Have a conversation with Paul Baumer. Respond to the italicised words printed above. Can you agree with him? Or do you think he is cynical and hypercritical?
They just talk too much. They have problems, goals, desires that I can’t see in the same way as they do. Sometimes I sit with one of them in the little garden of the pub and try to get the point across that this is everything – just sitting in the quiet. Of course they understand, they agree, they think the same way, but it’s only talk, only talk, that’s the point- they do feel it, but always only with half of their being, a part of them is always thinking of something else. They are so fragmented, no one feels it with his whole life; anyway, it is impossible for me to put what I mean into proper words. (p117, Chapter 7, Vintage Books, translated by Brian Murdoch)
Paul, I am sitting watching the football, and I am watching the people watching the football, and I am thinking this is the closest many of them will get to war.
There is so much noise all around, but this is the closest they will get to the quiet.
Even this they will forget. They will leave, they will have their dinner. They will wash the dishes and talk about what’s on the television. They will have their showers and they will go to sleep.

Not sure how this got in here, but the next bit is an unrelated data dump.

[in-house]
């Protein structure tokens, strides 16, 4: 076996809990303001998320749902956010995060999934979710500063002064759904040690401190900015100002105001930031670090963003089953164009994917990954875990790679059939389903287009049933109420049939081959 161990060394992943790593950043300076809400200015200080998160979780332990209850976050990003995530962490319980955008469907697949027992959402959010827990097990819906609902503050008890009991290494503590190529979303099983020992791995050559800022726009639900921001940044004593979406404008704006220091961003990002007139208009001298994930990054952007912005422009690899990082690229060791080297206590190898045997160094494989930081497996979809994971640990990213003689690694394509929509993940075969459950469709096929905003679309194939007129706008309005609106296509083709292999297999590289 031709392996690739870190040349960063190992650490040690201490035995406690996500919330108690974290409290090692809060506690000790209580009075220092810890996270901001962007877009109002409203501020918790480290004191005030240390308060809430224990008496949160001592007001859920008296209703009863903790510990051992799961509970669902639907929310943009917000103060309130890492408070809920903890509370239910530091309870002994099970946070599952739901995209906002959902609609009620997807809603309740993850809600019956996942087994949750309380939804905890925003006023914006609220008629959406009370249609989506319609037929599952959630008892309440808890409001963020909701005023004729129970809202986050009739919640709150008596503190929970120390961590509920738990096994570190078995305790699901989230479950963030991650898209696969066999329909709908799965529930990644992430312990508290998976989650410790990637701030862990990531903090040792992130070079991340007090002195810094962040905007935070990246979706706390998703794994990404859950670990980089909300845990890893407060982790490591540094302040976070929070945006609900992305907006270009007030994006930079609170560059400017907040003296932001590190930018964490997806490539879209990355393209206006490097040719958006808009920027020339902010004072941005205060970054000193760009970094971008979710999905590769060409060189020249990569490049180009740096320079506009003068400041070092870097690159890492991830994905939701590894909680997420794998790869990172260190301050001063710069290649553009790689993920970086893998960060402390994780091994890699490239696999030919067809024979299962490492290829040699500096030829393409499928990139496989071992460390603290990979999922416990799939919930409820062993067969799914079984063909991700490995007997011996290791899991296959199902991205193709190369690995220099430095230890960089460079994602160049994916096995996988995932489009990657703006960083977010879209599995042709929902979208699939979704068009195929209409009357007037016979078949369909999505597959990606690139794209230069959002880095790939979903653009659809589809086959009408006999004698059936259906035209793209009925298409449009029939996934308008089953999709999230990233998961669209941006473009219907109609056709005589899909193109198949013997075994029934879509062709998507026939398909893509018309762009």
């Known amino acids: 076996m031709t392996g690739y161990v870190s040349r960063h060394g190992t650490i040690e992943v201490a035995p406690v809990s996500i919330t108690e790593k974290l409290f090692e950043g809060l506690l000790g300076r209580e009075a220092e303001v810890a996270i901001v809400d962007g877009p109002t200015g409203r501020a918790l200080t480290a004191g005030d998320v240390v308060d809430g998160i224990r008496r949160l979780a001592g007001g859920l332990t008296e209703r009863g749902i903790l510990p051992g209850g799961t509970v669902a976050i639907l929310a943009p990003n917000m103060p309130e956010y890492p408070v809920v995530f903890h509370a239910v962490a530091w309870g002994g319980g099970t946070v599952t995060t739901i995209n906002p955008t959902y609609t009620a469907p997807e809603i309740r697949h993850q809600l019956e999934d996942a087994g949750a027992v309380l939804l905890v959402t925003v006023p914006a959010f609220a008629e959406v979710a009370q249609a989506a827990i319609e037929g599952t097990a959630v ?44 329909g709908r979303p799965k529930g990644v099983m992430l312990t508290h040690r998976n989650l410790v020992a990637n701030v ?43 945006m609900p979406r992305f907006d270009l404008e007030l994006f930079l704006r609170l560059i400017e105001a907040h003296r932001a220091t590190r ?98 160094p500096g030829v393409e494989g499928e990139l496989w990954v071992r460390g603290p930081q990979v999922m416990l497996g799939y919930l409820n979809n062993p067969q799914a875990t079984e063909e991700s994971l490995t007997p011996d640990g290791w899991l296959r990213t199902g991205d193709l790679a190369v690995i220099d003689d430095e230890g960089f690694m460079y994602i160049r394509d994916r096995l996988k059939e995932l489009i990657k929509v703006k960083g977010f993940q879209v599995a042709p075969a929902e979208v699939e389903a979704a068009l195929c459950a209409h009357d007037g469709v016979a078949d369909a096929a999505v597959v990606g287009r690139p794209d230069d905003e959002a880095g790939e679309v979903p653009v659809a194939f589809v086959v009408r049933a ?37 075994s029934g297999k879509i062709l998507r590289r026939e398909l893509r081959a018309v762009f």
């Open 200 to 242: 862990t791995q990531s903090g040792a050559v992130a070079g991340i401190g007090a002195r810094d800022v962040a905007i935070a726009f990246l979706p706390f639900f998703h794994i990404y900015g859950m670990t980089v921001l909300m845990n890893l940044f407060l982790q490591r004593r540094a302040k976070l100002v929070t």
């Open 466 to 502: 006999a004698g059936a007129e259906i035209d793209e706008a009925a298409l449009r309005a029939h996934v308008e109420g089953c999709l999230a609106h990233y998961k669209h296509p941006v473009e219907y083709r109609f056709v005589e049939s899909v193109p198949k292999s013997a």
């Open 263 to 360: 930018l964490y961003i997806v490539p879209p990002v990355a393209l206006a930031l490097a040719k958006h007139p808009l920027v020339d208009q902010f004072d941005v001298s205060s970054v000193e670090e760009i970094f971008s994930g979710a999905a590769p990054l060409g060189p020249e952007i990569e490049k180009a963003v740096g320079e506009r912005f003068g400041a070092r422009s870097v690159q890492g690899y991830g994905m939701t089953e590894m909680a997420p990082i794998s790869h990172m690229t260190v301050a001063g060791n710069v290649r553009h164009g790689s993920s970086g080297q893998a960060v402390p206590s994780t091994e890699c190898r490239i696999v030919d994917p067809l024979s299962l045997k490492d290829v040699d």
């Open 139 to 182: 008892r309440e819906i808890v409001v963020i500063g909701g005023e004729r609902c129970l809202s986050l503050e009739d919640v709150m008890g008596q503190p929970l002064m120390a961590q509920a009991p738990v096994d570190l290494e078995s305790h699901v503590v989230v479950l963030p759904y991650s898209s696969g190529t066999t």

They will do all of this without once listening to each other, without once sitting and appreciating the stillness of the present moment. Their lungs: full of air, their legs: keeping them mobile, their heart: pumping blood through their veins – they will not think about this as they go through their day. They will not think about this as they go through their life.
I know, Paul, you are different from them now. You can’t settle and they can’t understand. They are so distracted, aren’t they? Half alive, half thinking about tomorrow’s meeting.
You said it best, Paul. ‘Fragmented’. They are in pieces, torn everywhere. The war has broken you, but at least you are together in your brokenness. They are oblivious. Ignorantly unaware. Totally inattentive. Blissful in their absence. Missing the point of everything.
This is the point, isn’t it, Paul? Life. Breath. Acknowledgment of that.
I hear you, Paul.